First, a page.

Well, carbs, dummy! Glucose. Sugar. So, how does that translate into an action plan? Eat less of those. But I’ve already disrupted my insulin production, what the hell can I do? Is there a way to reverse it? I’ve been reading of ways to get better, and one of them is surgery. It’s generally accepted that surgery of your stomach will reverse your diabetes (but you get other problems, duh!). How is that even possible? Well for one thing, they don’t know. But it’ll make you lose a lot of weight. So is it possible that by losing weight (fat) you make your insulin generating cells better? Could be, you’ll be eating a hell of a lot less than you were before surgery, your stomach will be smaller. So, like a drowning man grasping at a straw, I decided to research it – apparently your abdominal fat (the one around your liver, pancreas and such, I’ve warned you it’s the most dangerous one) is to blame for disrupting beta cells production of insulin and by getting rid of it your pancreas functions will improve. Here’s the thing – it’s still debated – but it makes sense to me, I think.

               So by cutting off carbs, I’d be reducing the glucose available for processing and depositing as fat. Eating less carbs than are needed for my body’s energy consumption would make my body use stored fat to convert to glucose (it’s called glycogenolysis, look it up) – which would mean me losing weight. But which fat is used first, the very bad one or the bad (adipose) one? The good news is that apparently the very bad one goes first. Hurrah, there’s the break we need.

               So, what do we do? Remove carbs (though not all of them, there’s a good medical reason for it). But here’s the thing – we are addicted to them. If we remove bread, potatoes, sugar, and so on, what do we eat? For one thing, I’m a bad man therefore I like bad things –like eating and also hate hunger with righteous hatred. For me, the way to do it was to get a few carbs from vegetables and eat more proteins – preferably lean meat. That is, no sweets, bread, potatoes, pasta, rice, milk (lactose), very fat meat and replace them with fish, chicken, lean sheep, those things that go moo and combine them with cabbage, spinach, Brussels sprout, salad, sometimes carrots, those things. I’m not saying I’ve declared anathema on pizza, but eating one every month or two just got me close to declare it holy. Also no beer or sweet wine – which is why my wine’s so dry it’s basically dehydrated. You thought I got the title of the blog at random, didn’t you? Whiskey’s rather debatable too, but as long as I’m not drinking more than a bottle every three months I’d say it’s in the scriptures. Yea, I know, I’m weak.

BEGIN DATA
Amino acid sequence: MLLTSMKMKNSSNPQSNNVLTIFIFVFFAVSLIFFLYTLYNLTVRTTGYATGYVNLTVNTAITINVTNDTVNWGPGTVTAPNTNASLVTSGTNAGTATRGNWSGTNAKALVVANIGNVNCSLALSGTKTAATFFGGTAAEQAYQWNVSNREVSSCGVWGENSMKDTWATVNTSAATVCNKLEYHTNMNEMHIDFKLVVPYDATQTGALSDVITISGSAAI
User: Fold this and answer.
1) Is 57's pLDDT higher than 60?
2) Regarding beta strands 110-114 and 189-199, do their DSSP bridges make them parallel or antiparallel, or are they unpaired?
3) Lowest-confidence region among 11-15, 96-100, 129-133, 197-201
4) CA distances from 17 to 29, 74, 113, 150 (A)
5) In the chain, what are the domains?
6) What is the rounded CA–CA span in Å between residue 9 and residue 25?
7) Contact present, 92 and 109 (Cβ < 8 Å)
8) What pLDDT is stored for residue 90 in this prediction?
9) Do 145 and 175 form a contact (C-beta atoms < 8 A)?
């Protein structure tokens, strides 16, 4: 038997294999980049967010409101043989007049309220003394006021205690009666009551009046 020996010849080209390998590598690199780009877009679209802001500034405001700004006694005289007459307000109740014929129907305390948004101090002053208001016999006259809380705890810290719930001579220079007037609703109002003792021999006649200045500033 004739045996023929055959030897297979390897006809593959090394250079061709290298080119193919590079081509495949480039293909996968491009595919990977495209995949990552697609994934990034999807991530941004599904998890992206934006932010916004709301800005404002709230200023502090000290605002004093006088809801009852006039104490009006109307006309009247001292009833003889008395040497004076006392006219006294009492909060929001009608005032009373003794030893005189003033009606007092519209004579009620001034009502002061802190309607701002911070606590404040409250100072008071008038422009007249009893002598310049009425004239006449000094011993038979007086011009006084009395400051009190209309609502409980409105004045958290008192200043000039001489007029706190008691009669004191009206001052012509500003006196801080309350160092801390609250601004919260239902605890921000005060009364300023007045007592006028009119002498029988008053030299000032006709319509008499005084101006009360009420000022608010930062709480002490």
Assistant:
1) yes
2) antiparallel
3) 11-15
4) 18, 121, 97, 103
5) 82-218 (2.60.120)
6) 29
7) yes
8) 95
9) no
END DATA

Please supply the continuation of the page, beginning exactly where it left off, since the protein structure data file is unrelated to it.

In other news, in my own not-so-humble opinion, any diet is going to fail, eventually – that’s even in the title. If you want to get better, you ain’t dieting, you’re changing your life style. Dieting for me means I’ll go off it after a while and resume my previous way of eating so what I’m saying is – this is it, mon. I’m not dieting, this is how I eat now and forever. It’s not a diet if I keep it until I’m pushing daisies. I’m that weird.

Post scriptum:

               The general way of doing things (as recommended by the doctors) like dieting, is to remove bad fat, increase good(!) carbs, something like 50% good carbs and fiber, 20% protein, 30% good fat (fish fat, oily stuff, so on). What I’m using (when I’m using it) is something like 50% protein, 30% good fat and 10% carbs and fiber from vegetables. My theoretical target is about 50-80 grams of carbs per day. So far in less than six months I’ve managed to lose about 20 pounds (10ish kilograms) and reduce my blood sugar from 200+ to 150ish, even with the occasional hard fall off the wagon. I’ve seen blood sugar below 120 too, on occasion. I’m still not over it, but hell – I keep at it and I’m not exercising either (if almost keeping the pace with my kid counts, then I am). Took me long to get me started on it too, the research alone kept me busy for about a year. The bad side? Sometimes when I’m low on sugar I’m rather hard to live with. You may or may not have noticed that already.

               Also, a word of warning – carbohydrates have the biggest impact on blood sugar while fat has the lowest impact. Fat does not rise your blood sugar, but if you overdo it, it will hit you right in the arteries. So eat fat fish, olive oil, butter or an aged fermented cheese, like I do. Learn to read the labels off things, play find the carb content on stuff. I used to, until I took an arrow to the knee. Now I also learn to cook.


One thought on “Shaming fat

  1. Pingback: Sometimes I’m right – In Vino Veritas